Toshiba Corp. started rolling out a line of Bluetooth-enabled networked home appliances last week, observing consumers' reactions to the new and as-yet unproven products, while audio-equipment maker Kenwood Corp. announced with more confidence the development of Bluetooth wireless headphones.
They were both demonstrated at Bluetooth Expo 2002, which ran last week in Chiba, Japan.
Japanese hardware makers are expecting networked home appliances to be hot items within a few years; however, market research has not really shown precisely what kind of products will be hits with consumers.
Toshiba, one of the leading backers of both Bluetooth and the networked home appliance idea, has combined the two technologies and unveiled a line of networked home appliances, including a washing machine, refrigerator and microwave oven, along with a home terminal and access point that all connect using Bluetooth wireless technology.
Toshiba is releasing the products not with the full confidence that they will spread networked home appliance adoption, but partly to test the waters for such devices.
"No matter how many times we do market research on (home networking) products, we get similar responses, like 'if such products are available, we are curious to try them,' from consumers," said Morio Hirahara, a specialist at the digital and network applications development group of Toshiba. "So, 10 percent of the reason for releasing these products now is to see the reactions from the market."
Using the home terminal, which looks something like a tablet PC and has a 10.4-inch color TFT (thin film transistor) LCD (liquid crystal display) touch-panel screen, the three appliances can be controlled via the Bluetooth link.
The terminal also allows for Internet access within a 100-meter distance from the compact-size access-point device which connects to an ADSL (Asymmetric Digital Subscriber Line) or cable modem. From Toshiba's site, it is possible to download services for the home appliances. For example, a customized laundry program can be updated to the washing machine or a cooking recipe can be installed in the microwave.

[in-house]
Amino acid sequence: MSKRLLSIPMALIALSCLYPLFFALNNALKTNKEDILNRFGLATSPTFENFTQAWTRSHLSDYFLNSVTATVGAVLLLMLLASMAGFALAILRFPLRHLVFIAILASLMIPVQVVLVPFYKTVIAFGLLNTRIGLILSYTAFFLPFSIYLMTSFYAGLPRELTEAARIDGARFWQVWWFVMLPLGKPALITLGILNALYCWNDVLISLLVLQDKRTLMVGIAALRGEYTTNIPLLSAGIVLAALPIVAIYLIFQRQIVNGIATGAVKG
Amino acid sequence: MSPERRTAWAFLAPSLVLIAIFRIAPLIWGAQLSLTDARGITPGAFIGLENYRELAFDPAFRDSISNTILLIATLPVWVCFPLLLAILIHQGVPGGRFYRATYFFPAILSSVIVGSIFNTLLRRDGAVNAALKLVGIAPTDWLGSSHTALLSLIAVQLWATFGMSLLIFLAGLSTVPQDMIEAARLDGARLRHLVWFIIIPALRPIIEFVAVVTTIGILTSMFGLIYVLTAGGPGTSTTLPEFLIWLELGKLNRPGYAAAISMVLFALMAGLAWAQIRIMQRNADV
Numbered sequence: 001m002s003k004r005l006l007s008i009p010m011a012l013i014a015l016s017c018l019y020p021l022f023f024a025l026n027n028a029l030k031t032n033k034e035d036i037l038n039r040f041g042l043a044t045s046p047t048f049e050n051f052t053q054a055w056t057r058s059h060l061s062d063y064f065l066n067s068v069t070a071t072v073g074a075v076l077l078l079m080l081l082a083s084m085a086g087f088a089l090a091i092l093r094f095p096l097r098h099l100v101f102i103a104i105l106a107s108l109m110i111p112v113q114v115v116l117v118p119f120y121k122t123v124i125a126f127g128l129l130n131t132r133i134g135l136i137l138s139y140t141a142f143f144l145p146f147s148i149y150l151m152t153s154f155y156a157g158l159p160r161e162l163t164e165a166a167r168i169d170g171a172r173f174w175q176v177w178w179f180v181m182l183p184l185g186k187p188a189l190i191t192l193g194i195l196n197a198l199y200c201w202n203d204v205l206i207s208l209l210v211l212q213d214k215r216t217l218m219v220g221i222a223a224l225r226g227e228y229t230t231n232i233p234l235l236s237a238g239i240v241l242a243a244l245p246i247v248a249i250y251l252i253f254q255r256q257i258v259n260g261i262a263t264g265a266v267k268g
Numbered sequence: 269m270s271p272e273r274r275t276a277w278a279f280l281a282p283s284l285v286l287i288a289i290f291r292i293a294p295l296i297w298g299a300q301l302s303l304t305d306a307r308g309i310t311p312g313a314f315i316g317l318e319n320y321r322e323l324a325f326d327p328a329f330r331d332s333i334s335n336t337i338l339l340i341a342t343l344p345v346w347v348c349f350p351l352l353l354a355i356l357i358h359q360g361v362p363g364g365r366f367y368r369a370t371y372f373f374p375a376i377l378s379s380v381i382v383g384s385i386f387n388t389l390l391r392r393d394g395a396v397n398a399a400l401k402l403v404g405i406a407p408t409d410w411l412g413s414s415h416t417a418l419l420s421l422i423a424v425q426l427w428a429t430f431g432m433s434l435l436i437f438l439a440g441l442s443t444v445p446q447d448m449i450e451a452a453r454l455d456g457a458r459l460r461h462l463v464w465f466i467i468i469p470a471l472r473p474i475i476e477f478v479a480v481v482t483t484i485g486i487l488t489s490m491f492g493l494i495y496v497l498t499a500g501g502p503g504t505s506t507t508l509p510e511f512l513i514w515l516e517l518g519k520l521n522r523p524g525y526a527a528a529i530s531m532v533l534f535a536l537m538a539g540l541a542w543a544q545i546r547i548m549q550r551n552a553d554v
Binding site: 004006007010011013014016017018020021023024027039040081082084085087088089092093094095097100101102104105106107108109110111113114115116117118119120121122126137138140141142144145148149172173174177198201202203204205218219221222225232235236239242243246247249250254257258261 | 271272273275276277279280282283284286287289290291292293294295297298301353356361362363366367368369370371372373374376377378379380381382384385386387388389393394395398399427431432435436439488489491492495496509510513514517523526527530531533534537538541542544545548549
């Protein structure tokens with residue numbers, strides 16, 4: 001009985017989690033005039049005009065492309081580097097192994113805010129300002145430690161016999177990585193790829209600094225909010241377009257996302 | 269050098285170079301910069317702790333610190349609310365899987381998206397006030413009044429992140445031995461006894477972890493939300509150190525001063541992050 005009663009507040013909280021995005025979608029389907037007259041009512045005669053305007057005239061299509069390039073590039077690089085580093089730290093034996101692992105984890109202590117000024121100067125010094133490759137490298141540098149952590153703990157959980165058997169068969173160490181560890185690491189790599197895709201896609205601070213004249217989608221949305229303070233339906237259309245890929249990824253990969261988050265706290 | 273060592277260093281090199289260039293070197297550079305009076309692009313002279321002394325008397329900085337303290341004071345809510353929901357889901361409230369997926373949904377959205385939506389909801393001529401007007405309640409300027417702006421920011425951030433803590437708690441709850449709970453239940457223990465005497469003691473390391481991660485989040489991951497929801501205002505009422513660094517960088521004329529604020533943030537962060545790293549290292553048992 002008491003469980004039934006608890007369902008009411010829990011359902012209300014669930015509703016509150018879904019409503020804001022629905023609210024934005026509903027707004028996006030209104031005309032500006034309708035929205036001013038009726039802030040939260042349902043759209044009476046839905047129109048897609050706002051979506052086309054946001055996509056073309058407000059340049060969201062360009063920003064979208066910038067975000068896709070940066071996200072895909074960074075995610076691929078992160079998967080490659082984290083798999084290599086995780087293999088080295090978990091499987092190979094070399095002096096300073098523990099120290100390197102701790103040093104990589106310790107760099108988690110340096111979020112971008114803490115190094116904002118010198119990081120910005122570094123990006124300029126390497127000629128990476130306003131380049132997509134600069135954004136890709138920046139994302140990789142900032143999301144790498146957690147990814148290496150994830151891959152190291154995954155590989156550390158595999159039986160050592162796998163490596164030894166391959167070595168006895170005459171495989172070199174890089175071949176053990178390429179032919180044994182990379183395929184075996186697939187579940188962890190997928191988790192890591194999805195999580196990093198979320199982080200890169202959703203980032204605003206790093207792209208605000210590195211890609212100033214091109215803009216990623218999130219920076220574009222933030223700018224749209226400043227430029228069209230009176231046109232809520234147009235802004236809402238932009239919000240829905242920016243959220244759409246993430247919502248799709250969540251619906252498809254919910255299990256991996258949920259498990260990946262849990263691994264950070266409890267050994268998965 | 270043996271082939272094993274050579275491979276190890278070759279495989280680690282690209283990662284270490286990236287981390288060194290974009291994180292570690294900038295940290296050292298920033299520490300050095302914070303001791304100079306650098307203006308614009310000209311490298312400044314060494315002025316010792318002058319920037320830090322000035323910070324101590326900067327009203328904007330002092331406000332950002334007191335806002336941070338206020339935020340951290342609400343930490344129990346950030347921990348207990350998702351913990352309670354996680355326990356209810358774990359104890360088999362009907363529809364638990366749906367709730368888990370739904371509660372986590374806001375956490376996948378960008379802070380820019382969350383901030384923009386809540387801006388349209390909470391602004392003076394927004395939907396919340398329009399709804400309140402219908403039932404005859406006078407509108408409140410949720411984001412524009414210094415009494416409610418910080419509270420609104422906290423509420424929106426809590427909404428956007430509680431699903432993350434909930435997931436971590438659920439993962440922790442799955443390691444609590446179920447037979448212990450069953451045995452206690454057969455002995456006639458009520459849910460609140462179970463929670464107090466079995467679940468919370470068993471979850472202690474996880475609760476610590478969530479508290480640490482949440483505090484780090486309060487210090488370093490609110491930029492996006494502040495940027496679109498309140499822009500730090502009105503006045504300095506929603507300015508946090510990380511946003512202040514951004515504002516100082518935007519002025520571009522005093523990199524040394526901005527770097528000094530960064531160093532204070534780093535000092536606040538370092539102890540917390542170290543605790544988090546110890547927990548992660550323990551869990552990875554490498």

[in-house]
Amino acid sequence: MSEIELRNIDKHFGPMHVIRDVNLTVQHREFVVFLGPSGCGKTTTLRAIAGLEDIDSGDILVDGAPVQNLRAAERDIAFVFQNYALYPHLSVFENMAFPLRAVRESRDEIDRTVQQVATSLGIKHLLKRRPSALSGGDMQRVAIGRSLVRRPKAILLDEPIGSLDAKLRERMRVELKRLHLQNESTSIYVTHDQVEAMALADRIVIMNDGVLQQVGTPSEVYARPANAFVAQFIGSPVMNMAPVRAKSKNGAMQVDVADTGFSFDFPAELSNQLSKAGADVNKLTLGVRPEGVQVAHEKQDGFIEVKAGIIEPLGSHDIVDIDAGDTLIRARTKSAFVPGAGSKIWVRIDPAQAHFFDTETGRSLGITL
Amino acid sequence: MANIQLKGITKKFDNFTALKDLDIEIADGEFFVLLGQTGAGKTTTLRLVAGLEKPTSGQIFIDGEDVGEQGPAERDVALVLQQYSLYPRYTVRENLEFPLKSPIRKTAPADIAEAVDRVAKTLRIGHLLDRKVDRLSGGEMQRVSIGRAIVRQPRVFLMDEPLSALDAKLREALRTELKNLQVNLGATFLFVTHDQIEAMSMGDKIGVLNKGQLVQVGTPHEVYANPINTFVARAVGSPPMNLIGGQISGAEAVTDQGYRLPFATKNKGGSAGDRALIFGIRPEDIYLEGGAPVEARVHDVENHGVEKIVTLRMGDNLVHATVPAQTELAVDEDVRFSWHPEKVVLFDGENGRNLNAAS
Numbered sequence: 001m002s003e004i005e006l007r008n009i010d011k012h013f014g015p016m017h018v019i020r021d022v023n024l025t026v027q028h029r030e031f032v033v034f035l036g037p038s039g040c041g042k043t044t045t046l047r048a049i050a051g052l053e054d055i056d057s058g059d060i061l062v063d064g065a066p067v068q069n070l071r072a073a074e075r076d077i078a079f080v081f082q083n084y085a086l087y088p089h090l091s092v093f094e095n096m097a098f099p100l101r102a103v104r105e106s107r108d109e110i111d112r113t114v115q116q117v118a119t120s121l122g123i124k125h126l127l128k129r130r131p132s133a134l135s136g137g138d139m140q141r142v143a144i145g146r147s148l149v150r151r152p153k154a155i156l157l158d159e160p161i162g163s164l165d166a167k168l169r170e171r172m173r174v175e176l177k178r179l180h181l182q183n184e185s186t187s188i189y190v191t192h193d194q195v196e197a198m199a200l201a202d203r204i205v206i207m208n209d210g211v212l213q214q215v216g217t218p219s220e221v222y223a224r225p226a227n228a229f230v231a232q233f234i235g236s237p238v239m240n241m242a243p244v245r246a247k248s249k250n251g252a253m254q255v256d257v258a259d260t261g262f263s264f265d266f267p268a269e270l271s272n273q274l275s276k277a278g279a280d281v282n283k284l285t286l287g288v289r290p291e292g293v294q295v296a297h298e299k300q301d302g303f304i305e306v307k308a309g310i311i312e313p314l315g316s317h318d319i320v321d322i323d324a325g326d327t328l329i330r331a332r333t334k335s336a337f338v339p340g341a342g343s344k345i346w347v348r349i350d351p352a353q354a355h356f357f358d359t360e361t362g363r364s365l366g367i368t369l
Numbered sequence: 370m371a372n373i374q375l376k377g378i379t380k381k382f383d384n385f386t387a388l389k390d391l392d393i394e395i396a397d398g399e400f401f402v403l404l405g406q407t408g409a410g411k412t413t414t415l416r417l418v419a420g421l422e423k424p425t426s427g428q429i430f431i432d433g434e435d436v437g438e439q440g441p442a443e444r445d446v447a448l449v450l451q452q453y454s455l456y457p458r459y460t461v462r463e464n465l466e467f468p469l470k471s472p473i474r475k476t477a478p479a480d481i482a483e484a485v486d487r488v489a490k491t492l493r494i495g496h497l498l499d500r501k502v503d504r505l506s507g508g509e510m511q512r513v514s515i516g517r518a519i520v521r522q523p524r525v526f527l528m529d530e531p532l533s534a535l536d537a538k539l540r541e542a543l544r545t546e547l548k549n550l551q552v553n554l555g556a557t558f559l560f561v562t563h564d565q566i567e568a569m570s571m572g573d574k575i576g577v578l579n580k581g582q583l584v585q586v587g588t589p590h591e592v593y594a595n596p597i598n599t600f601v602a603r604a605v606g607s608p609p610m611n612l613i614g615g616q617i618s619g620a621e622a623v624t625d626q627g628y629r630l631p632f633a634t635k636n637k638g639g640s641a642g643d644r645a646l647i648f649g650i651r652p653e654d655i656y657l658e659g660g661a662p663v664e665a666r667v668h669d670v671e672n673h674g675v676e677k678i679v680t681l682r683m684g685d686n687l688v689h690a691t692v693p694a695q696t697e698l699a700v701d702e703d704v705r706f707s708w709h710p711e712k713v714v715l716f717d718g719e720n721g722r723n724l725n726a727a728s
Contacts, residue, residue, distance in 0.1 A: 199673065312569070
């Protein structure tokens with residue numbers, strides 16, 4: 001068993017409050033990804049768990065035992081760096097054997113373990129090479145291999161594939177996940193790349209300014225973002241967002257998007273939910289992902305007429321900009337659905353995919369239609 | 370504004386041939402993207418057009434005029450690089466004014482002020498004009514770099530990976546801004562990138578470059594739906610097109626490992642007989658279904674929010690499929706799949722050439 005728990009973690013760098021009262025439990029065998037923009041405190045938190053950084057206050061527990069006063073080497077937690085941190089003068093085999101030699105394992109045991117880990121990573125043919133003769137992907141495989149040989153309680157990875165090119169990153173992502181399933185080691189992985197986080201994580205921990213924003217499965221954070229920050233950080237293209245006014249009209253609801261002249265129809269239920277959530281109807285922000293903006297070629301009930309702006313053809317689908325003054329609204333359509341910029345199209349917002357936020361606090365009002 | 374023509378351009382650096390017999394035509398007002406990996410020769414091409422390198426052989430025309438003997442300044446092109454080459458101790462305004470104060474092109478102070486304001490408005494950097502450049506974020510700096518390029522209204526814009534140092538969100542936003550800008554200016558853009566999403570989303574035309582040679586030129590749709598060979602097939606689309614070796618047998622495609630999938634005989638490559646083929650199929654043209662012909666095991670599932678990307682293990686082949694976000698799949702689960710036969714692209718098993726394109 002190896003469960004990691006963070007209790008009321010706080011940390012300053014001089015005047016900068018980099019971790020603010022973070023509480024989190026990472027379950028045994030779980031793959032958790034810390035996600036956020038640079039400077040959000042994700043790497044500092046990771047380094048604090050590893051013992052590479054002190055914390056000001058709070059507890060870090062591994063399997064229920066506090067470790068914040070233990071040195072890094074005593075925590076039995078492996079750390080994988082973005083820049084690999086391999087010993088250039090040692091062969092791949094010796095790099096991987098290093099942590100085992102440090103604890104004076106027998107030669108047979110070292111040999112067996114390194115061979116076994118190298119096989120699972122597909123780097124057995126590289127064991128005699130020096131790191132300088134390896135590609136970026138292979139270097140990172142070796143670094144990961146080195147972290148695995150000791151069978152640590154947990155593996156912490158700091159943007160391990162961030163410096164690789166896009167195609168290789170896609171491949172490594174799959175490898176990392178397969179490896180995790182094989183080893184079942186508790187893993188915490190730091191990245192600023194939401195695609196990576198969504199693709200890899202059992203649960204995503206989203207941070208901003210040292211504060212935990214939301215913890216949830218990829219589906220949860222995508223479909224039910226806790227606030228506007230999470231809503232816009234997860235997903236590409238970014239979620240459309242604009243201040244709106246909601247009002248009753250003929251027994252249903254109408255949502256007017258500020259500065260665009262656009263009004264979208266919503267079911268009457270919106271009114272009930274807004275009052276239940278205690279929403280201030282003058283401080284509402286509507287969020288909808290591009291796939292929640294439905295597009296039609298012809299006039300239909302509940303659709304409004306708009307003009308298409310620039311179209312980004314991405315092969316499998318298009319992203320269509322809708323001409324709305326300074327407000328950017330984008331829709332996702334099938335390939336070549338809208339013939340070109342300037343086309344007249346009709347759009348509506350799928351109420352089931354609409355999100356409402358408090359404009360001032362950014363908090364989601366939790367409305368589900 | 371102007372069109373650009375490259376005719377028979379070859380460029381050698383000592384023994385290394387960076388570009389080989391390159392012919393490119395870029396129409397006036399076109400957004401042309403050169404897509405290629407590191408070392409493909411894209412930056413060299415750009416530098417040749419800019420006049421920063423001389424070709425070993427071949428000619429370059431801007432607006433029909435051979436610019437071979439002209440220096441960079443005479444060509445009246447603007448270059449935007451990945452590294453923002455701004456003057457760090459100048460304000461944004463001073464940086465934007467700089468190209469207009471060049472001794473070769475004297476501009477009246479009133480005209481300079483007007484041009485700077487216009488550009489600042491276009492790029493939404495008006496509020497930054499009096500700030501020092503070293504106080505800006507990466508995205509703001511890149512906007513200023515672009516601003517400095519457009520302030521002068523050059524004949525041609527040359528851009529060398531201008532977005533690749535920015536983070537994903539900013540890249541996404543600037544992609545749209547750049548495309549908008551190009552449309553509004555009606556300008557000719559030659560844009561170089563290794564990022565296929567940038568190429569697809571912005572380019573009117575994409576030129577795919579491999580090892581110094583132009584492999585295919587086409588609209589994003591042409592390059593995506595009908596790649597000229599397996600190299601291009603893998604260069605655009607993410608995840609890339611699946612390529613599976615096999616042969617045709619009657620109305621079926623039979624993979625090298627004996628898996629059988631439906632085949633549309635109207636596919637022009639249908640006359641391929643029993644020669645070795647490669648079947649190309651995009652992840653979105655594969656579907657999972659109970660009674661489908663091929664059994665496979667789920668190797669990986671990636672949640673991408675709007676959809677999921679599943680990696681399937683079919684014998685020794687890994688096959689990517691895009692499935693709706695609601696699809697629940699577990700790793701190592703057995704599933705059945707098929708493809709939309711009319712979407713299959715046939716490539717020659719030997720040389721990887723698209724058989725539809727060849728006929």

Some visitors to the Toshiba booth were skeptical of the usefulness of the system. "I can see that the Internet accessibility of the terminal is convenient, but what is the point of the Bluetooth connection?" one person asked. "For instance, you need to walk up to the microwave and put food in it when cooking anyway," he added, wondering why you couldn't just use the buttons on the microwave at that point.
"The main benefit at the moment is when these home appliances break down, " Hirahara explained. "They can send out information about what is wrong with them, so that our customer service can respond to it sooner with more accuracy than receiving a phone call (from the owner)."
The real potential for Bluetooth-networked appliances may be in home security related products, Hirahara said. Consumers are more interested in these areas, such as an entrance door that has a sensor that can wirelessly send out a warning and monitoring function, he said.
The ability to operate products though handier terminals, such as Bluetooth-equipped cell phones, will also become key in the future, said Hirahara. "From next year onwards, you can expect more products that can be operated by a cell phone."
Toshiba's products, which were demonstrated at the exhibition, cost around ¥700,000 ($9,930) as a set. The company eventually hopes to reduce the price of each to as low as conventional home appliances, in order to attract consumers, he said.
Tokyo audio-electronics maker Kenwood, on the other hand, is confident that Bluetooth-embedded headphones will be one of the killer applications for the spread of Bluetooth, according to a Kenwood statement.
A prototype of such a product was on show at Bluetooth Expo and still needs further development. However, the company hopes to commercialize it by the end of this year at a price under ¥10,000 ($141), said Ryousuke Tsutsumi, an engineer at the Technical Strategy Division of Kenwood.
"Because Bluetooth transmits only (digital) data, unlike (the analog signals carried along wires to conventional) headphones, this headphone itself needs to work like an audio player, converting that data into music and replaying it," Tsutsumi said.
The highest hurdle at the moment is its battery life, Tsutsumi said, and the company is trying to make the device run at least for five hours. It also needs to be compatible not only with Bluetooth's standard sub-band audio codec but other audio codec formats, especially MP3 and Sony Corp.'s ATRAC, as audio data on other devices, such as MiniDisc players, are usually compressed in that format, he said.
Kenwood is jointly developing this device with one other Japanese company, which they would not name, and has just started developing Bluetooth-enabled audio players, such as a compact CD player and a MD player, Tsutsumi said.